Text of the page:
Whenever a new Christopher Nolan film rolls into theaters, it isn’t a surprise that both media and fans alike immediately jump on the lauding-wagon and repeatedly praise the Oscar-winning director. After all, aside from the obvious ‘Oscar-winning director’ comment I just made, Nolan continuously introduces both new ideas and experimental film concepts to the film industry. Dunkirk, although different from Nolan’s previous films, is not excluded from being a fantastic film.
Dunkirk takes place in WW2 during the event in which after Germany advances into France, hundreds of thousands of Allied soldiers were forced to retreat to the seaside town of Dunkirk. However, as the perimeter shrunk and German forces closed in, the soldiers could do nothing but await evacuation in a seemingly hopeless situation. Nolan’s narrative follows three interwoven perspectives of multiple characters that create a non-linear narrative: one on land, one on sea, and one in the air. Having said that, Nolan doesn’t rely on his film’s storyline to carry it to success, but rather its use of cinematography (Hoyte van Hoytema), sound (Richard King), and music (Hans Zimmer)—creating a gloriously beautiful war film.
“The tide’s turning now” “How do you know?” “The bodies are coming back.”
The first explanation as to how Nolan allows Dunkirk to be successful is through Hoytema’s use of perspective. The use of perspective is especially eye-catching in this movie because Hoytema uses a technique in which he inputs both the factors of character and breathtaking panoramic views to allow the audience to empathize with the characters unknown possibility of survival in the war. One example includes many of the dogfights in the air. Rather than depicting such fights from entirely distant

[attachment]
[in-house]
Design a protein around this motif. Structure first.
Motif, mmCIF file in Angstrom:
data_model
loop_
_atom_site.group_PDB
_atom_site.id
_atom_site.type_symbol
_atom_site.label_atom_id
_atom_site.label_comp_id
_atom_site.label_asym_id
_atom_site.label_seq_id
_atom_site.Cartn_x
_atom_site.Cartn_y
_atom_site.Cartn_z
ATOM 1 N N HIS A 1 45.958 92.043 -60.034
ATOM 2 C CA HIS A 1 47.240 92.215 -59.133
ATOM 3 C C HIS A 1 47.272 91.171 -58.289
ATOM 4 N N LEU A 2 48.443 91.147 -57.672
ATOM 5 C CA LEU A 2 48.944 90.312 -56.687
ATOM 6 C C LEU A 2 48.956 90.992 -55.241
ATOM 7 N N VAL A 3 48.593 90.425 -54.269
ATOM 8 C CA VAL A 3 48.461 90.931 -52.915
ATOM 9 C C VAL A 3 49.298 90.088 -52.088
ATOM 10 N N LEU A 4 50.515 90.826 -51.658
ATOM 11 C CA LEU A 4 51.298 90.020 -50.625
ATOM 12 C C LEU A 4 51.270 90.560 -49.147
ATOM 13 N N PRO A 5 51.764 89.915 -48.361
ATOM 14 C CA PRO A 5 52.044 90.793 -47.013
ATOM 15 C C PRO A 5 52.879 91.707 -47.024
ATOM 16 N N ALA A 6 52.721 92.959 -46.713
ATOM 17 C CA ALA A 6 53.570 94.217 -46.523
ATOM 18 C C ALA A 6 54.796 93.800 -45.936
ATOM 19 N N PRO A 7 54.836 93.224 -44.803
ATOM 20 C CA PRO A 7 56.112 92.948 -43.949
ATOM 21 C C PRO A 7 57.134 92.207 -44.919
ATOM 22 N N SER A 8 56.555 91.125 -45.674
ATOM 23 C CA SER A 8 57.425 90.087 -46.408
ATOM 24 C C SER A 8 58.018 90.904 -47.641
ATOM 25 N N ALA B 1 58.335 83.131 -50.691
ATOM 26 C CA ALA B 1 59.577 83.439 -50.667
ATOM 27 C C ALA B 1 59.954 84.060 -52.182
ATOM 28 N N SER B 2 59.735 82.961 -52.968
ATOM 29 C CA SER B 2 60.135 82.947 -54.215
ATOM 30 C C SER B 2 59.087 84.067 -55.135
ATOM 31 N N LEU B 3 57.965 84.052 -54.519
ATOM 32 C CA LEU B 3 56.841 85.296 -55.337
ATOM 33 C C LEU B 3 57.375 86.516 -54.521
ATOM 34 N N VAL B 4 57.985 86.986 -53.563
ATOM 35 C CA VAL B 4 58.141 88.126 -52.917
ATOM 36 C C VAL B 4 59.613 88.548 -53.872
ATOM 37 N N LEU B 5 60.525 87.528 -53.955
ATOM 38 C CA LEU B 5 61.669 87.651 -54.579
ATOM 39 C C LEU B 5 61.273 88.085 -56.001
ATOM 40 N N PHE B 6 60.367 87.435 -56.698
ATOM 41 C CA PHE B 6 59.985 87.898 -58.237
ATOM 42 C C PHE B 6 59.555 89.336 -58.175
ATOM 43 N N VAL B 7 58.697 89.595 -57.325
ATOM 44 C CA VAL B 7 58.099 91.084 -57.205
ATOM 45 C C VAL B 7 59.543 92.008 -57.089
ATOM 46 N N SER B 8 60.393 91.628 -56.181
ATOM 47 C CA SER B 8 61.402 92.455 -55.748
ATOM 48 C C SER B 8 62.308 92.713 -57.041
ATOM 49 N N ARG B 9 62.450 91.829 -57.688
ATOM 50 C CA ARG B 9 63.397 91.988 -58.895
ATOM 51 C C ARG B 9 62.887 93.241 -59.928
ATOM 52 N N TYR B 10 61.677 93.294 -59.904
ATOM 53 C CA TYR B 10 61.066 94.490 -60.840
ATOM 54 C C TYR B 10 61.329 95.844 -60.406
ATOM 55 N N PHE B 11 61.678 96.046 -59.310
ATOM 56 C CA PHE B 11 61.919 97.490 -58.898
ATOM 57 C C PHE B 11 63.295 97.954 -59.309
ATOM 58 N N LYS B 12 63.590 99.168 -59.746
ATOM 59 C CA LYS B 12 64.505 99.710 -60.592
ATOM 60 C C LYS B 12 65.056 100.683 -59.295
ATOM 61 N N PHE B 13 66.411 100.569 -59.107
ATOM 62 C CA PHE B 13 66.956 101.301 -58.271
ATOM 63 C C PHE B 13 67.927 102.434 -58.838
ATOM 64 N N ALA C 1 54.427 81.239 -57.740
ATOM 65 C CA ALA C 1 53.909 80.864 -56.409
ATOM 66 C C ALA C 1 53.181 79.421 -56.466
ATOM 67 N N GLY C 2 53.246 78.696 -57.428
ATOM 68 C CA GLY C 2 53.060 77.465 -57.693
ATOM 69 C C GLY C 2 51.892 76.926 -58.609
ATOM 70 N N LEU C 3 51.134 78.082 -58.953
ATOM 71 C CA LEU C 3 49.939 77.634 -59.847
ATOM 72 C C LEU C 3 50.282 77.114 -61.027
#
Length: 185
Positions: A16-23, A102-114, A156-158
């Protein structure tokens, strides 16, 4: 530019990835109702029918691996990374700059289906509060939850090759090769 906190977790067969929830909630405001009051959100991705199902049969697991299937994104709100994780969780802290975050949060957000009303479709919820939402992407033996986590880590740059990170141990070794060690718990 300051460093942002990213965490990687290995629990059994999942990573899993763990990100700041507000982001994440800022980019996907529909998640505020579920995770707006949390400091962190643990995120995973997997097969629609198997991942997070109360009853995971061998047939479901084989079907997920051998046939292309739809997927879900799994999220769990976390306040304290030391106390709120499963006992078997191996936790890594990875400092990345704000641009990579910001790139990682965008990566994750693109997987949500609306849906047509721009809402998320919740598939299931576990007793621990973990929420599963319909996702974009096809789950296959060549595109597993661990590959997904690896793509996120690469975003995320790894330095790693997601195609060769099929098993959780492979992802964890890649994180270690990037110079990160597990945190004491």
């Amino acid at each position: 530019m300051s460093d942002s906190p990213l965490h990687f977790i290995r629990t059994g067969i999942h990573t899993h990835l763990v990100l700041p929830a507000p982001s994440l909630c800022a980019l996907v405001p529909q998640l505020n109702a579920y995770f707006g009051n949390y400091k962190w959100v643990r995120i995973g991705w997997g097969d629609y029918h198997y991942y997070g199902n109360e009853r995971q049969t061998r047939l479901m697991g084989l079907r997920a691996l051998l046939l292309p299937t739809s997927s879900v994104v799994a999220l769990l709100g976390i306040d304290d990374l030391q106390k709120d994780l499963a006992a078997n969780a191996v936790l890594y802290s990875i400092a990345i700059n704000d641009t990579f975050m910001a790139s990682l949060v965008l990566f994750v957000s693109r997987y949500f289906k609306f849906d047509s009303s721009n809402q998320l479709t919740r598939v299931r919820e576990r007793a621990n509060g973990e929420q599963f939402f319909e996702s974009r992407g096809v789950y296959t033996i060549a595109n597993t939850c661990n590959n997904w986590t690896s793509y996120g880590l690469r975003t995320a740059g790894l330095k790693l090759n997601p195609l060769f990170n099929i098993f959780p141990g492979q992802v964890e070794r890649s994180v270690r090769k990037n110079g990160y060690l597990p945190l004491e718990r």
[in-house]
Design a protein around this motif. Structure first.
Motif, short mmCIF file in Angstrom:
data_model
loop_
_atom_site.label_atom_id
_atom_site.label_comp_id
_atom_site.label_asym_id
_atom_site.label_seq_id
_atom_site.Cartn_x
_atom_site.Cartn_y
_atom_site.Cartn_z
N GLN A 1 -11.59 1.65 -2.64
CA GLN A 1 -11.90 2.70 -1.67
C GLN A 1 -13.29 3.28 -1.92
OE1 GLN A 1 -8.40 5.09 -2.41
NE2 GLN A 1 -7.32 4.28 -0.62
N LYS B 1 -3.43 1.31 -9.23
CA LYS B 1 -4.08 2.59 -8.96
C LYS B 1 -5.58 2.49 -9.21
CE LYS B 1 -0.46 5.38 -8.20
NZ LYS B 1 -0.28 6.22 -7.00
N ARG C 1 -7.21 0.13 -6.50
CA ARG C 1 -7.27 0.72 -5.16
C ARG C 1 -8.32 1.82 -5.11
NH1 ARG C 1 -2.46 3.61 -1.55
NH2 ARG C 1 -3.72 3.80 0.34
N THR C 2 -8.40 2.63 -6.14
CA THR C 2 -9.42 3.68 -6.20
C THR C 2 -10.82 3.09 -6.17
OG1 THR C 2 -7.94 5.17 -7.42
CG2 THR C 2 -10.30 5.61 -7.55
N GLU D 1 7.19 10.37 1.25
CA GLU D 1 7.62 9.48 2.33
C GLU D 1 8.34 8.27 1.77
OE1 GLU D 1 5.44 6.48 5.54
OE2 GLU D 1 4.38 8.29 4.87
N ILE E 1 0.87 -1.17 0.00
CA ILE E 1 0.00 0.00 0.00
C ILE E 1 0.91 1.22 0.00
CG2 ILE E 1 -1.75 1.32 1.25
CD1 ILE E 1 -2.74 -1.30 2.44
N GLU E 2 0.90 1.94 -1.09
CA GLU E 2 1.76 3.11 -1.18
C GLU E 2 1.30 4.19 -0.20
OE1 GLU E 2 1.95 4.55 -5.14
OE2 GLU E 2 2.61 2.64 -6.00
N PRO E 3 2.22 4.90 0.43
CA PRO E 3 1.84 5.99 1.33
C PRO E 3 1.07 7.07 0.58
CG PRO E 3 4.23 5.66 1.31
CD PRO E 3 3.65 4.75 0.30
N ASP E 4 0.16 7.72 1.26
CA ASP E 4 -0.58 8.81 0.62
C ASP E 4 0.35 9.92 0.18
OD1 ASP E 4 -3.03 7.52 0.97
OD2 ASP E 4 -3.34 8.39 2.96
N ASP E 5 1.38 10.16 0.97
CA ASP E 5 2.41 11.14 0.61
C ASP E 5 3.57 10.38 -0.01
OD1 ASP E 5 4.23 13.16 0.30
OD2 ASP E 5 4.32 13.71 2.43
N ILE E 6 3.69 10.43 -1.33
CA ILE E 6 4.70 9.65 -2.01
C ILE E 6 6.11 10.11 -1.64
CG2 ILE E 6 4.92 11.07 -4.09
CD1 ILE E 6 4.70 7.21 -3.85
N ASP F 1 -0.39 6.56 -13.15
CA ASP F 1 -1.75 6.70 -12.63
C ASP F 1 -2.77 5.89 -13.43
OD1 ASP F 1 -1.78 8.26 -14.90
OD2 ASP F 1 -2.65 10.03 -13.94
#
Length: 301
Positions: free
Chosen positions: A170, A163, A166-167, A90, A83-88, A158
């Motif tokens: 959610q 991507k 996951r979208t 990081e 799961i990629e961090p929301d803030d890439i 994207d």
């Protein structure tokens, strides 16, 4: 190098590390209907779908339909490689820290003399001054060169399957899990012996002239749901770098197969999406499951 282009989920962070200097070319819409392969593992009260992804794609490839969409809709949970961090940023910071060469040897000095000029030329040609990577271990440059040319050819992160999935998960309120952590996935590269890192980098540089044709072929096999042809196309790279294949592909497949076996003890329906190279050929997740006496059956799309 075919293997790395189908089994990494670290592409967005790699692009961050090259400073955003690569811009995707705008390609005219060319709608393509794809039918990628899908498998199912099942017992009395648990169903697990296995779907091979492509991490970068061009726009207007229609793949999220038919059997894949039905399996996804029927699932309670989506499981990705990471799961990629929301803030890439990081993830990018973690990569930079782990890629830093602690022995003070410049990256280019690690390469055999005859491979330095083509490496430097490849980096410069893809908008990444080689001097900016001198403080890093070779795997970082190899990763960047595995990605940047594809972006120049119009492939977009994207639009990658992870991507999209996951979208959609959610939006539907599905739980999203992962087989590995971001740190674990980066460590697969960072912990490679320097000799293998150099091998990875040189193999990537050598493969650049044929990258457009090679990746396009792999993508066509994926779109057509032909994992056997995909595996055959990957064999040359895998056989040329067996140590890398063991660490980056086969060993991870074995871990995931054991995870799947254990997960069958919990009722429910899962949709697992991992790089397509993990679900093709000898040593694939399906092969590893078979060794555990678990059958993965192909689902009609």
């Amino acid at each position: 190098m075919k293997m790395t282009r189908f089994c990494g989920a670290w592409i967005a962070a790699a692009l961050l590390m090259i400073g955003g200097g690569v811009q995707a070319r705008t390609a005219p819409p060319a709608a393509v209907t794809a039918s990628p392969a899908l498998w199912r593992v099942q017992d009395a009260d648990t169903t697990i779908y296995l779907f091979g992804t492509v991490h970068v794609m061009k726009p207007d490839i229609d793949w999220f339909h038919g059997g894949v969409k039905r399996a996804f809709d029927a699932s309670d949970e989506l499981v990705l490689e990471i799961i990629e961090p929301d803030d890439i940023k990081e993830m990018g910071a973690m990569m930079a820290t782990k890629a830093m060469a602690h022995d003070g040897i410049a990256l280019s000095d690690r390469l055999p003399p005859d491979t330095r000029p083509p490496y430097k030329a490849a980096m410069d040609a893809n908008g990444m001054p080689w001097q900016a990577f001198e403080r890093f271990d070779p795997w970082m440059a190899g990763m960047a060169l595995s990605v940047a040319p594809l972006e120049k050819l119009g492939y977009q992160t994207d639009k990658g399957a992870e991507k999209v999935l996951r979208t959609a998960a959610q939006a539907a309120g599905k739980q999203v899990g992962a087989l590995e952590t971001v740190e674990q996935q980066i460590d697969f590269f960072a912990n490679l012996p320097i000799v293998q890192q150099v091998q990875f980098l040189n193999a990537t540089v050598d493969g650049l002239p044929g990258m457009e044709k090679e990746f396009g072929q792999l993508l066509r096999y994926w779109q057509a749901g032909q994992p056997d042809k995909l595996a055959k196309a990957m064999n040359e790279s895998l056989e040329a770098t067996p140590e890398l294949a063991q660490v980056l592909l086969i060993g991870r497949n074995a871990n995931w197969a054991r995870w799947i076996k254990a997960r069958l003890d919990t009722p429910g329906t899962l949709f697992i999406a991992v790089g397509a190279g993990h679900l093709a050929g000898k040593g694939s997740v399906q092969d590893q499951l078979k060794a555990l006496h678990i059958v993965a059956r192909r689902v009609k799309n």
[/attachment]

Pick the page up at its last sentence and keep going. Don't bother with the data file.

shots, Hoytema instead captures the scene alongside one of the plane’s wings–revealing the plane behind it gaining an advantage, and thus steadily creating a perilous emotional climax. Furthermore, the image of a single moving dot against the vast panoramic stretch of the majestic sky aids to the audience’s established hopelessness because it allows the audience to empathize with the character in which he knows himself to be little and insignificant in comparison to both the world and this war. Another example that particularly stood out to me were the close-up shots of explosions and impending attacks alike. In these scenes, Hoytema focuses his shots on slowly approaching attacks from various character perspectives to emotions of both fear and jeopardy, and to imitate the horrifying war experience in which one cannot do anything about these attacks but pitifully attempt to take cover. This along with the music adds adrenaline to the scene and causes —the viewer’s heartbeat rate to increase exponentially with no control over it.
“Seeing home doesn’t help us get there, Captain.”